A Nativity from Naples: Presepe Sculpture of the Eighteenth Century
During the Christmas season of 2008, the Kimbell played host to an extraordinary loan from Naples, Italy: a magnificent, 18th-century Neapolitan Nativity scene—known in Italian as a presepe after the Latin word for “crib,” praesepium. The Kimbell presepe featured more than 70 figures and animals (averaging about 15 inches tall) and was displayed in the traditional manner with a realistic, rocky setting and a crumbling Roman arch.
During the Renaissance, presepe figures were generally large (often life-size) and installed in churches. The tradition of presepe took exceptionally strong root in Naples during the 18th century, a period of great political stability and economic boom. The Kimbell presepe showcased a form of art that today seems almost inseparable from the celebration of Christmas—the arrangement of movable figures, animals, and props to represent the scene in the stable at Bethlehem after the birth of Christ.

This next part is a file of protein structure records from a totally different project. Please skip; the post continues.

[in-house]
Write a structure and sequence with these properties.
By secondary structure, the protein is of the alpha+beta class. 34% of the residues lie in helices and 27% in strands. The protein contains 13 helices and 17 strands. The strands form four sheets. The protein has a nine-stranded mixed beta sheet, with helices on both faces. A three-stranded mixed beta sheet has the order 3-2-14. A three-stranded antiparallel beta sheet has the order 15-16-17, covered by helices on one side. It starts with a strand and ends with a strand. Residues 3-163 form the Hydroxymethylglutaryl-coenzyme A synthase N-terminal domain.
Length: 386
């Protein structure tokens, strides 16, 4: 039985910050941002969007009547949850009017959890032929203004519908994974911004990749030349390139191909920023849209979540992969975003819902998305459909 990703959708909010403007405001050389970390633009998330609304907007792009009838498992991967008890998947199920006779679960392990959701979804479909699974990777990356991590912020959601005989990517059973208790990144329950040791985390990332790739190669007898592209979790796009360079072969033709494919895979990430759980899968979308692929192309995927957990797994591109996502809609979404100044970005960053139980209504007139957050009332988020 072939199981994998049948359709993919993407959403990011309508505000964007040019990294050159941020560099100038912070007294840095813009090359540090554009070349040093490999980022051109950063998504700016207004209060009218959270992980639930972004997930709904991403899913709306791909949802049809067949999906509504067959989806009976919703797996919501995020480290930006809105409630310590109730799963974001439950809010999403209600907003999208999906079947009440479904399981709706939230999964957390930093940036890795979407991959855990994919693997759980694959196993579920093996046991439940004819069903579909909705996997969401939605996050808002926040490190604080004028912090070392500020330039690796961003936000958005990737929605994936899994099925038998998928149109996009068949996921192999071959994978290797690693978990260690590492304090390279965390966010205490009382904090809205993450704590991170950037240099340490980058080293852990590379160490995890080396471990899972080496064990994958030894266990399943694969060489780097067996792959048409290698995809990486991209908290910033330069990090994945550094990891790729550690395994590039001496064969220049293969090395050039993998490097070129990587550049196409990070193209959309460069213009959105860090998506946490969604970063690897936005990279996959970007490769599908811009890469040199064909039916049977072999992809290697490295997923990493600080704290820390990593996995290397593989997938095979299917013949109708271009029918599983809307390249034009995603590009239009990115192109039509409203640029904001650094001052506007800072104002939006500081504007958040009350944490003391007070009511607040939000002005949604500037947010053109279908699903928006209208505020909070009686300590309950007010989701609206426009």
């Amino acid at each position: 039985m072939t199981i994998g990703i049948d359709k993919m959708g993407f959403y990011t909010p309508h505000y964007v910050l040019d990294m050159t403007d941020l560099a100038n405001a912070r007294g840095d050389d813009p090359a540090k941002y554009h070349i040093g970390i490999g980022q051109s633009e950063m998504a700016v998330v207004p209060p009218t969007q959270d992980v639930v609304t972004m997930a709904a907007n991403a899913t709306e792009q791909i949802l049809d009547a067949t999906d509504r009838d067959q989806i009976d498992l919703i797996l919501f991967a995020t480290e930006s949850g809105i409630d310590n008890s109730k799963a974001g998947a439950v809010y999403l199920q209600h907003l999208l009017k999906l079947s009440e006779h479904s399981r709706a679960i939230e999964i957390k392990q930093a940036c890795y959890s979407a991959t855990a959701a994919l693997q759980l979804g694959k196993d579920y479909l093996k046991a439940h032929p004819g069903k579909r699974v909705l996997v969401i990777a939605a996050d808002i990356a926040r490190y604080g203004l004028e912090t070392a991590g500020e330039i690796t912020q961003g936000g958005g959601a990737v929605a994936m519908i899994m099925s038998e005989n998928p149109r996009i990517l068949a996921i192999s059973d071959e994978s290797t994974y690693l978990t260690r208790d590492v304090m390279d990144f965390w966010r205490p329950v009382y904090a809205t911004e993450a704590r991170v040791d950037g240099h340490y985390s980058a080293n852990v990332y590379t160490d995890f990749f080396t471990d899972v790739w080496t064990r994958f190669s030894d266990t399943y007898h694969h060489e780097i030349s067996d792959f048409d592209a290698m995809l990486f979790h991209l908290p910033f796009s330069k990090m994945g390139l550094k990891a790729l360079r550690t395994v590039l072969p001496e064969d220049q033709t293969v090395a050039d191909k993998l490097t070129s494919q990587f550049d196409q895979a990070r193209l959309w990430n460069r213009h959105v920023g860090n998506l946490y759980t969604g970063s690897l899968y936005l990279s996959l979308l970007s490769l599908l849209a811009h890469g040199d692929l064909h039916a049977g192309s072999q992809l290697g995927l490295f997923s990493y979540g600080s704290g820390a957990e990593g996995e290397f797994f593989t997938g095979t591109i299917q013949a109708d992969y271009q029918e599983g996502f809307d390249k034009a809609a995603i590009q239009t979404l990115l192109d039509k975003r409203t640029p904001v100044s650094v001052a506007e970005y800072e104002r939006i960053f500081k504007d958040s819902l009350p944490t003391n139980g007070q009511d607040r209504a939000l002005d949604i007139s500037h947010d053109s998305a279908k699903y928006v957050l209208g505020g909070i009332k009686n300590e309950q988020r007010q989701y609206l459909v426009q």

Supervising the installation was the leading expert on presepi, Elio Catello, whose family has collected and installed presepi since the early 19th century. He learned the art from his grandfather, Vincenzo, and his father, Roberto, and has passed it on to his daughter, Roberta, who also accompanied the presepe to the Kimbell.
The Kimbell is grateful to the private collectors in Naples—Roberto Catello Jr., Giuseppe Lembo, and Mauro Scarlato—who agreed to lend examples of the highest quality. Other loans came from the foremost public collection of presepe, the Museo Nazionale di San Martino, Naples. The Kimbell is tremendously indebted to the Polo Museale Napoletano and its superintendent, Nicola Spinosa, for helping build the stage on which the spectacle worked its magic.
Caption: Felice Bottigliero and Francesco Gallo, Young African Page with a Pair of Parrots (detail), late 18th century, painted terracotta and fabric. Collection of the Catello family, Naples